The Guaco

We made the black beans in our fuckyeah pressure cooker! Then we cooked them with onion, a little cumin, garlic, salt, pepper, and cayenne, until they were creamy, dreamy. Topped with guacamole, this taco doesn’t mess around.

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Beans, beans in everything

**My Kid Bean looks like this, but about 6 inches tall and without the person inside.

Earlier today, my sister commented that she loved how beans end up in everything featured on the blog, even pumpkin pasta. My sister is also a true bean lover, so much so, that a few years ago, she and my mother ate enough Hanover kidney beans to order not 1, but 2 of the little “Kid Bean” plush toys. Of course, my sister had one first, and then I had to have one.

Beans are full of fiber and protein, tasty, cheap, and can be eaten any time of day. To prepare for my work week, I’ve started making a large tofu scramble on the weekend and freezing it in individual portions. Tofu (obviously) comes from soybeans, and I like to add in pintos or black beans depending on my mood. For lunch and dinner, the bean possibilities are endless: beans and rice, soups/stews, pasta dishes, burritos, burgers, falafel, mixed in a salad, barbecued, baked, blended, mashed. Even eaten straight from the can.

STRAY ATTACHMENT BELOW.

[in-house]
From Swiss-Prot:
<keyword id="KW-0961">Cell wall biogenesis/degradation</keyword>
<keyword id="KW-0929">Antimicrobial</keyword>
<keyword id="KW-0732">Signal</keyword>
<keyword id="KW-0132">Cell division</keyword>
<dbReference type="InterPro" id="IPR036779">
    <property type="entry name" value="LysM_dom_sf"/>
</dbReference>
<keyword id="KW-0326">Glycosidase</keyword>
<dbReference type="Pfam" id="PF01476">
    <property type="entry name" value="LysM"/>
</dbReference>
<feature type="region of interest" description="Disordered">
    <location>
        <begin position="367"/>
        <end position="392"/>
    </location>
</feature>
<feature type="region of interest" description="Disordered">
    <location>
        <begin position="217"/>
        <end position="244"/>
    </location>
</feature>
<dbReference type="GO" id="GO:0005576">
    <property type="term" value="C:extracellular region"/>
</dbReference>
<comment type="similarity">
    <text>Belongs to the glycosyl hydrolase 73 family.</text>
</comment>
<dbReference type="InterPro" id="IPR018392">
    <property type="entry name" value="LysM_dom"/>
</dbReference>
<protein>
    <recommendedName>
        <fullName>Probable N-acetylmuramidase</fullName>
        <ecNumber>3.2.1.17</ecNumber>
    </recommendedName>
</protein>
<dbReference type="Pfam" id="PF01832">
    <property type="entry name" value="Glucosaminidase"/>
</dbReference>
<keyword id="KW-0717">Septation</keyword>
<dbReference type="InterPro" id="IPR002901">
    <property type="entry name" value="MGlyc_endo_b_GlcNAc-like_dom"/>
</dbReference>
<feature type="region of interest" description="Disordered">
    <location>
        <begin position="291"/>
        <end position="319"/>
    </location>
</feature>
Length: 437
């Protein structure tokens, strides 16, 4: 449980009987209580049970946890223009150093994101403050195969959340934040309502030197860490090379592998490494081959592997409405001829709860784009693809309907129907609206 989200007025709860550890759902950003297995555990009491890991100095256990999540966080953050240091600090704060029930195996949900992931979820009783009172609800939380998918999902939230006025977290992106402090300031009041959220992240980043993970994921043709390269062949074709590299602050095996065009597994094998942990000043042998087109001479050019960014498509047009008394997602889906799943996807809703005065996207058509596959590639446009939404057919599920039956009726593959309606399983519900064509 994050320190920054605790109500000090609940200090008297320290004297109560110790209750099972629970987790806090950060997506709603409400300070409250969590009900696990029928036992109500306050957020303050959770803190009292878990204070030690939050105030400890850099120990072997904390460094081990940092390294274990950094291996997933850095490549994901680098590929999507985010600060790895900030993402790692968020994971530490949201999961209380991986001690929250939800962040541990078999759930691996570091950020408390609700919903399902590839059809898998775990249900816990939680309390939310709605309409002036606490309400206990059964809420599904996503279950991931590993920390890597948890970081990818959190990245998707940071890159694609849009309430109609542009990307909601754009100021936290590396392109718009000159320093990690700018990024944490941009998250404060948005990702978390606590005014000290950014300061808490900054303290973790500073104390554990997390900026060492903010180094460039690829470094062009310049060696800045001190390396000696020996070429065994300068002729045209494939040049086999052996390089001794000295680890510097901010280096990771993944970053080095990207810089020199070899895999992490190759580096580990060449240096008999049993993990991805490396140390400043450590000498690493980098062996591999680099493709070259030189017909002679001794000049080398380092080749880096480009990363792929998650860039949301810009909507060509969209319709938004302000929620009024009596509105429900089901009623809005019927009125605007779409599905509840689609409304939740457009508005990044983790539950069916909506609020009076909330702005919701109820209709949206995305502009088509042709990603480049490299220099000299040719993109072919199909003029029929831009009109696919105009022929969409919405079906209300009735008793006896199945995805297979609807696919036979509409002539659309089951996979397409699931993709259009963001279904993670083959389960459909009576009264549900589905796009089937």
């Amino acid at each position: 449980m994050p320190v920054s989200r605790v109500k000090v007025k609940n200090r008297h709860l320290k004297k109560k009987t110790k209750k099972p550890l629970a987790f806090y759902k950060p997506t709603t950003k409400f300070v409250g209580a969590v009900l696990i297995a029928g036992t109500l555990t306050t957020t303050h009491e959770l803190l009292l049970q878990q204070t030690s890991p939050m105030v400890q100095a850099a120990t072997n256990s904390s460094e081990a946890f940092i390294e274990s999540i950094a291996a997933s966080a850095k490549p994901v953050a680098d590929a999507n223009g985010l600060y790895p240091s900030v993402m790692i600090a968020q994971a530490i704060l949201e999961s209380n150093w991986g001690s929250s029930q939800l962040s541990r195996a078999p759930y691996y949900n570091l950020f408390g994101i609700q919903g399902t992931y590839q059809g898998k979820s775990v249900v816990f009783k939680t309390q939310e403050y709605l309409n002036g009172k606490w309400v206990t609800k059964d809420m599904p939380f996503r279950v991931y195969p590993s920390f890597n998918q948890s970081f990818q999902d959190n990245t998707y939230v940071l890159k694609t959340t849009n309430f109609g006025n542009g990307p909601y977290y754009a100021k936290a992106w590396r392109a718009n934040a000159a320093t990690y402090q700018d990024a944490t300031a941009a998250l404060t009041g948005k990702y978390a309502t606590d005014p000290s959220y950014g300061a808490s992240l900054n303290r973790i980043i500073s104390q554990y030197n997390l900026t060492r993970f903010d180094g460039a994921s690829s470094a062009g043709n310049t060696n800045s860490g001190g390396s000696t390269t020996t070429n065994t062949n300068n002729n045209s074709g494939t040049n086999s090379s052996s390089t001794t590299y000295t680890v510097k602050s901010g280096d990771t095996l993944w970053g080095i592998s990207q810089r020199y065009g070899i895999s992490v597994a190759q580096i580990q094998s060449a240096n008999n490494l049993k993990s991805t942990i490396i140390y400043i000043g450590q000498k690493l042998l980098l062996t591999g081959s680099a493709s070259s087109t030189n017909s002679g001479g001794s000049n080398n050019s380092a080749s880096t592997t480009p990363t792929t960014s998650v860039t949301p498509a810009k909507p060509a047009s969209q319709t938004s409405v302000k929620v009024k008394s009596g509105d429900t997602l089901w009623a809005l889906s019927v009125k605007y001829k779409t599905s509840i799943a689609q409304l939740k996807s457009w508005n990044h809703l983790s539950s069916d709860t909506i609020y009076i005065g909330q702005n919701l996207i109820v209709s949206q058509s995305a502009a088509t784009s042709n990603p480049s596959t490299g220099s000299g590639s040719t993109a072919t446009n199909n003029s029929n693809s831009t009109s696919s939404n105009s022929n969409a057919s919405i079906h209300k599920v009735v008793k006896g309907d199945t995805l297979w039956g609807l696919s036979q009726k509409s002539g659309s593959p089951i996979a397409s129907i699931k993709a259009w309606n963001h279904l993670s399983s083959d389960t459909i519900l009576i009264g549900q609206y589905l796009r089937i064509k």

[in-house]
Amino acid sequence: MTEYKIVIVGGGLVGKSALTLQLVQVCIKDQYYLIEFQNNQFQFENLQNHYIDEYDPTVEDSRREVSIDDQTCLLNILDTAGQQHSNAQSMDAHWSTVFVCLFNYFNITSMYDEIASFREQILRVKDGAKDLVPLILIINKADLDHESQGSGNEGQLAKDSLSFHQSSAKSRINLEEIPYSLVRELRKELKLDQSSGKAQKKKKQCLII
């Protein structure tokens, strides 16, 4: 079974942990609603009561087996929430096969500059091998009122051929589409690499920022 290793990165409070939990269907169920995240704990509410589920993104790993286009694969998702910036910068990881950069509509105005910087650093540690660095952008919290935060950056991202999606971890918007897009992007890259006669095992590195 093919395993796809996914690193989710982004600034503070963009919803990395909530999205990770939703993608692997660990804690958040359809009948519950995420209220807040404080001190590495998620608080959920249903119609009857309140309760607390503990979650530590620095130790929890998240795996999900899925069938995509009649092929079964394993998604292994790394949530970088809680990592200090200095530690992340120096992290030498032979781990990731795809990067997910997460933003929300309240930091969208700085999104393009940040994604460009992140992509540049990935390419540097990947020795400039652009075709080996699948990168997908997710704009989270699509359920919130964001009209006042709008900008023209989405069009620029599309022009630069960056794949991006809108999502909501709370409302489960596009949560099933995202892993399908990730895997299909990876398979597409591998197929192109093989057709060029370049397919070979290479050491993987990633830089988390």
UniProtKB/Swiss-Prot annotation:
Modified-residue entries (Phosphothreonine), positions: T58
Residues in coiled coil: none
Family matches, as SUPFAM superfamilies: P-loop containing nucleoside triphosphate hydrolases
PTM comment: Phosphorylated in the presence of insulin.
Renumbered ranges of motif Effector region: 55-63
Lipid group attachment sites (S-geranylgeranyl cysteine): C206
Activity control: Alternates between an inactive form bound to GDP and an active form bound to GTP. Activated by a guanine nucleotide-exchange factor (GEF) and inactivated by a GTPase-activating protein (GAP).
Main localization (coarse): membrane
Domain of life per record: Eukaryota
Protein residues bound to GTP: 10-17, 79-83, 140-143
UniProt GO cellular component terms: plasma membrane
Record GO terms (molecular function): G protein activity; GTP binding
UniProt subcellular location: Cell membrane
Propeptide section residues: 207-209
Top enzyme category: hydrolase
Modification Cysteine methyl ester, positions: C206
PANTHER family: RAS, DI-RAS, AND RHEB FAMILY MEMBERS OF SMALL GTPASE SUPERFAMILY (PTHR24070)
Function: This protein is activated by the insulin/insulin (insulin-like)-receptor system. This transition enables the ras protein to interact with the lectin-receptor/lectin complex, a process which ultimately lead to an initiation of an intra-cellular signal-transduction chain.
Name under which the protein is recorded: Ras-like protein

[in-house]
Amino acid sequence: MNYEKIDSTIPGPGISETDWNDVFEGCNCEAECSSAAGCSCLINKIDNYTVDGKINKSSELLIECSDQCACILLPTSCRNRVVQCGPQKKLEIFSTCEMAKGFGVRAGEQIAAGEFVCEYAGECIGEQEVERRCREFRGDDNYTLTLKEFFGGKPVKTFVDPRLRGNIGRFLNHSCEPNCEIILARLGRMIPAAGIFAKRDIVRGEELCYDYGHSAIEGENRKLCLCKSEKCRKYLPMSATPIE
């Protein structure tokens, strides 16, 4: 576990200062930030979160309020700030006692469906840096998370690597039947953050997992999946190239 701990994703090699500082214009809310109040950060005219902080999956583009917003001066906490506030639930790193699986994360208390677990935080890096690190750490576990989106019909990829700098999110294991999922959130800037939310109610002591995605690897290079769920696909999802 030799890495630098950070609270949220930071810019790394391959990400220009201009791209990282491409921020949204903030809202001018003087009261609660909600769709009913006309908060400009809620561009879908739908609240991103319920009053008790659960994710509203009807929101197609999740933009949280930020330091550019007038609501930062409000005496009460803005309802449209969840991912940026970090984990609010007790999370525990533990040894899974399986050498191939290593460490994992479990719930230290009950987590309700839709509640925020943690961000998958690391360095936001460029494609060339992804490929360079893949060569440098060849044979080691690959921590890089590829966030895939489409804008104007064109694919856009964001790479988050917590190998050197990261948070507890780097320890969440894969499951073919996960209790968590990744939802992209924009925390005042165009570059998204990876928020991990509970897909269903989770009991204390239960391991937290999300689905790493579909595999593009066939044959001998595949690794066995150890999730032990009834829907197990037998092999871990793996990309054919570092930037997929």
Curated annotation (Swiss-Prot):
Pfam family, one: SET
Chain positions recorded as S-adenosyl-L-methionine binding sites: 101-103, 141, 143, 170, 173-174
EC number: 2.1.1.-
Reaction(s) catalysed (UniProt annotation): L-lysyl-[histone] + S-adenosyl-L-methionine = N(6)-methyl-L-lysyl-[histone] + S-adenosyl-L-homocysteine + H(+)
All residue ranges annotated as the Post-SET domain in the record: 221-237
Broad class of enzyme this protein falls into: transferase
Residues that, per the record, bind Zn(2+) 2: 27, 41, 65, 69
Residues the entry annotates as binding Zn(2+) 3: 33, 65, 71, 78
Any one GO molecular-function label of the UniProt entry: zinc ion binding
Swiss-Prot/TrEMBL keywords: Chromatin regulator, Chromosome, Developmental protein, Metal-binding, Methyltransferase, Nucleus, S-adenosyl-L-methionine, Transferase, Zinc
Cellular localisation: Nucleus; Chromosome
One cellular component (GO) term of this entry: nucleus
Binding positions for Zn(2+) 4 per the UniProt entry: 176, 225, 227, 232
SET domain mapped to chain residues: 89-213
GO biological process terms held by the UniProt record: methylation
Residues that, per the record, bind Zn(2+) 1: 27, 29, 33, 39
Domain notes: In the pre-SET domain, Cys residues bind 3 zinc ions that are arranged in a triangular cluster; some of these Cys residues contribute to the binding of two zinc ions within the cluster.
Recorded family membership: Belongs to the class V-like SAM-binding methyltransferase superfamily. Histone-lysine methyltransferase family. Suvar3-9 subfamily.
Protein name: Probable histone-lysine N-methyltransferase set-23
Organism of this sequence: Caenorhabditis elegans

We keep a stock of beans, both canned, dried, and frozen in the house: black beans, pintos, chickpeas, white beans, kidney, lima, black eyed peas. We also are quite fond of pulses–peas and lentils.

Why is this relevant? I’ve been thinking about buying a pressure cooker.

Although canned beans are cheap and healthy, we could (probably) save money (factoring in the cost of the cooker, electricity, water), we would certainly control the amount of salt, and it would save on packaging (thus, less recycling a loathsome task in my opinion.)

More recipes tomorrow!

**Kid Bean photo from The Beantown Gazette.